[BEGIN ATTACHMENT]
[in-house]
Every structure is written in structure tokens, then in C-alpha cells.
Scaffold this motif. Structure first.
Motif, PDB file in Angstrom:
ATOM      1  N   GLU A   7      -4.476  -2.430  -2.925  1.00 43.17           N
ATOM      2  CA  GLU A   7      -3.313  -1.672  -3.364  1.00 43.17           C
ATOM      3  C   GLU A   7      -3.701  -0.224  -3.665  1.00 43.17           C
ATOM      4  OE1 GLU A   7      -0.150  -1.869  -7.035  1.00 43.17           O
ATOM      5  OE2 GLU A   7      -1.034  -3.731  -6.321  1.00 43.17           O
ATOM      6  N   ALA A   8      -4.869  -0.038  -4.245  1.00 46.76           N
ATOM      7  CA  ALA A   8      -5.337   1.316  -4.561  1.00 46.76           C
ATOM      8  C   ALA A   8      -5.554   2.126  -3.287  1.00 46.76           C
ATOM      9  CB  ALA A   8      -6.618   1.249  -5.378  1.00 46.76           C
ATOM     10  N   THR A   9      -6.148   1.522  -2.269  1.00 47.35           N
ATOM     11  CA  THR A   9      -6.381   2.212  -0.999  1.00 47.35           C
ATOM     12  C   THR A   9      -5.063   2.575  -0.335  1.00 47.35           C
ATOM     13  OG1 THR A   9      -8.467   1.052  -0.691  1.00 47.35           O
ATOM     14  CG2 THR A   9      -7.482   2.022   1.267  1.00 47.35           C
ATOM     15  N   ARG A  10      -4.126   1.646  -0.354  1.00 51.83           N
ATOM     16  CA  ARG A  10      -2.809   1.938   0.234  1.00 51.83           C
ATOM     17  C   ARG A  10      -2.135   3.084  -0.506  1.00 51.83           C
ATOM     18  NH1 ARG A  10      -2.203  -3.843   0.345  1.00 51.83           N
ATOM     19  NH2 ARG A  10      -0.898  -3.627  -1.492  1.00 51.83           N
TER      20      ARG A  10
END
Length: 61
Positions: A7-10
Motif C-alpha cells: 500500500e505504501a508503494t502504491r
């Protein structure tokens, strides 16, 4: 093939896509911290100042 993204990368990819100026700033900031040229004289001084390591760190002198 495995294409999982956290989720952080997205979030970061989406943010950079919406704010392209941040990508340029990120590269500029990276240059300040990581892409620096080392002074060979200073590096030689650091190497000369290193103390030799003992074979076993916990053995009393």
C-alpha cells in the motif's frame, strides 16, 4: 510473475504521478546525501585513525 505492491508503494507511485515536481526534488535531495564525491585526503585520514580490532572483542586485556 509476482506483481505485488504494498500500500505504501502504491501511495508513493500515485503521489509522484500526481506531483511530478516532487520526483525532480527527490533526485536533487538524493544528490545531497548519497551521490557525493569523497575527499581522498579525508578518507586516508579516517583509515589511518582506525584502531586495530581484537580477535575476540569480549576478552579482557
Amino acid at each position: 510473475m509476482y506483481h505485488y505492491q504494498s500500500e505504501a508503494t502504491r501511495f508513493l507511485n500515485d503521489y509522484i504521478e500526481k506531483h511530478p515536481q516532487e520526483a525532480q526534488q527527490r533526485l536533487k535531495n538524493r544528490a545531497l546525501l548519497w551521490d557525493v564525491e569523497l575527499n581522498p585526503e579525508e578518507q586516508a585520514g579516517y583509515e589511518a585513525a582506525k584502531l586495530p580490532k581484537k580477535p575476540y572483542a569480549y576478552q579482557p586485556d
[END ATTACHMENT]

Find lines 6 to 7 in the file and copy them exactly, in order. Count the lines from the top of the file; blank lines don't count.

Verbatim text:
ATOM      2  CA  GLU A   7      -3.313  -1.672  -3.364  1.00 43.17           C
ATOM      3  C   GLU A   7      -3.701  -0.224  -3.665  1.00 43.17           C